Phew, talk about a close call! Winamp's days of whipping the llama's ass came this close (place your index finger and thumb really close to each other) to being over after AOL decided to pull the plug on the media player it acquired in 1999 for $80 million. AOL announced its intentions
in November, saying it would dismantle Winamp five days before Christmas, but has now found a buyer instead.
Rumors began to surface
days after the announcement that Microsoft was interested in acquiring both Winamp and Shoutcast, the latter of which is a free Internet radio service developed by Nullsoft, the same company that built Winamp. Those rumors persisted for a month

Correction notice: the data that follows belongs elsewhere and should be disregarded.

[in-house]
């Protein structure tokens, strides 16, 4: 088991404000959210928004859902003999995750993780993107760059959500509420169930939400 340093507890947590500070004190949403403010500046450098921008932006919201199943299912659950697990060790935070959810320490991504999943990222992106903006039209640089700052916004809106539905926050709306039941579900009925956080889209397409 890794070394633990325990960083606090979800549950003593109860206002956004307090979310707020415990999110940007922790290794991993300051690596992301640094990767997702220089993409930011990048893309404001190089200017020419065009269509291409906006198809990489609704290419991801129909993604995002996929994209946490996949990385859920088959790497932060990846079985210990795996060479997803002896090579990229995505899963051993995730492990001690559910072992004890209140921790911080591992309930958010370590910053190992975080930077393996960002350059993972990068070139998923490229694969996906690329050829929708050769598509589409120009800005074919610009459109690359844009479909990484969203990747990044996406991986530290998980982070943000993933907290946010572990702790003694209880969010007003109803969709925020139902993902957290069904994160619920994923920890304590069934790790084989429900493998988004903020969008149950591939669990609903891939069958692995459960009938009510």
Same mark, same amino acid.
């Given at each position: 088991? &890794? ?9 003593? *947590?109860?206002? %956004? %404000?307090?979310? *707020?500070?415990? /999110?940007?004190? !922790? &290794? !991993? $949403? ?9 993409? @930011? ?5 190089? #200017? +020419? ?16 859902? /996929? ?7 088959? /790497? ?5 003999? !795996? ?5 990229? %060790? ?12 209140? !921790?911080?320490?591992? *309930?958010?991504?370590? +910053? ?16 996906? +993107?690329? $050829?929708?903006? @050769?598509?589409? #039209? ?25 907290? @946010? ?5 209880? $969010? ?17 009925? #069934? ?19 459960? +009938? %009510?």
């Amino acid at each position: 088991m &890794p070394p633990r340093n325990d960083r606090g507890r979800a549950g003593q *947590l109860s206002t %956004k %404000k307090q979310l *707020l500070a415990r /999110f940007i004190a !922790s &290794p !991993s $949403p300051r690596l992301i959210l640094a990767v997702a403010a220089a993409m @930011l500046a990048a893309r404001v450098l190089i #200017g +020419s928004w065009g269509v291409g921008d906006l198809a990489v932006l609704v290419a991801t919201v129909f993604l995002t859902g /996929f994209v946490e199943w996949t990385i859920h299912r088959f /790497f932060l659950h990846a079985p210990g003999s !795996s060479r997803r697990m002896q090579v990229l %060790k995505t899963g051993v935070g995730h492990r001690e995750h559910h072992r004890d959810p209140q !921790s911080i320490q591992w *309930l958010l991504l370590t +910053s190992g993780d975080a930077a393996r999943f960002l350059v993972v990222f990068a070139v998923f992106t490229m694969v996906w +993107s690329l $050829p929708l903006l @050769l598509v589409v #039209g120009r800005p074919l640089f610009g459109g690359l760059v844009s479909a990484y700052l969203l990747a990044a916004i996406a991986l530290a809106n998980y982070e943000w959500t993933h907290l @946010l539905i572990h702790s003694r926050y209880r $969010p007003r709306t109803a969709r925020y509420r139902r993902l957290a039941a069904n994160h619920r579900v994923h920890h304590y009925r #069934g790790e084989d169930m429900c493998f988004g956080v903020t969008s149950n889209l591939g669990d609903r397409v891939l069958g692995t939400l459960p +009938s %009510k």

, but it wasn't Microsoft that ultimately gave Winamp a stay of execution.
According to TechCrunch
, it's Radionomy, an international aggregator of online radio stations based in Brussels, Belgium, that's acquiring the Winamp and Shoutcast properties. There hasn't been an official announcement yet, though a couple of eagle-eyed online detectives noticed that Winamp's name servers have already been transferred to Radionomy.
"We have since learned from a reliable source that the deal is for both properties and should be finalized by Friday, if not sooner," TechCrunch
It's unclear what the future holds for these two properties, but at least they aren't destined to become a mere footnote in the history of the Internet, at least not yet. It will also be interesting to see if both Winamp and Shoutcast remain free.